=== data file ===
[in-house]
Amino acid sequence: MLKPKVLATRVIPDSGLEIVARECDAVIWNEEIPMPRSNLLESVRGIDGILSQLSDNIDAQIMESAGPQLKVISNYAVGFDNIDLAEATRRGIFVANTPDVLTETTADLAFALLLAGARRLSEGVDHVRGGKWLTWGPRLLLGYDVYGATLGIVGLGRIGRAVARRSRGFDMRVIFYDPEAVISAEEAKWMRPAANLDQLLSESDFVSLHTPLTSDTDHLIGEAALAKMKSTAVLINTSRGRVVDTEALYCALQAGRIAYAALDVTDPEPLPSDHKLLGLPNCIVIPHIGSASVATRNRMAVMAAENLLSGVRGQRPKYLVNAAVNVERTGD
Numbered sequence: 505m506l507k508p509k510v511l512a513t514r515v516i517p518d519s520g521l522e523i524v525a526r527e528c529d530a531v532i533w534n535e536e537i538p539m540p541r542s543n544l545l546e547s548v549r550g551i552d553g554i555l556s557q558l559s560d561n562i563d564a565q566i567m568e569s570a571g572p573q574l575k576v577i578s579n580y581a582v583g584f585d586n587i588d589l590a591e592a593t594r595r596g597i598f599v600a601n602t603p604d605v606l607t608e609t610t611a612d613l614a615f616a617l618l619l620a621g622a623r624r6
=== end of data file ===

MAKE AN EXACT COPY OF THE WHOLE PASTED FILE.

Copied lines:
[in-house]
Amino acid sequence: MLKPKVLATRVIPDSGLEIVARECDAVIWNEEIPMPRSNLLESVRGIDGILSQLSDNIDAQIMESAGPQLKVISNYAVGFDNIDLAEATRRGIFVANTPDVLTETTADLAFALLLAGARRLSEGVDHVRGGKWLTWGPRLLLGYDVYGATLGIVGLGRIGRAVARRSRGFDMRVIFYDPEAVISAEEAKWMRPAANLDQLLSESDFVSLHTPLTSDTDHLIGEAALAKMKSTAVLINTSRGRVVDTEALYCALQAGRIAYAALDVTDPEPLPSDHKLLGLPNCIVIPHIGSASVATRNRMAVMAAENLLSGVRGQRPKYLVNAAVNVERTGD
Numbered sequence: 505m506l507k508p509k510v511l512a513t514r515v516i517p518d519s520g521l522e523i524v525a526r527e528c529d530a531v532i533w534n535e536e537i538p539m540p541r542s543n544l545l546e547s548v549r550g551i552d553g554i555l556s557q558l559s560d561n562i563d564a565q566i567m568e569s570a571g572p573q574l575k576v577i578s579n580y581a582v583g584f585d586n587i588d589l590a591e592a593t594r595r596g597i598f599v600a601n602t603p604d605v606l607t608e609t610t611a612d613l614a615f616a617l618l619l620a621g622a623r624r6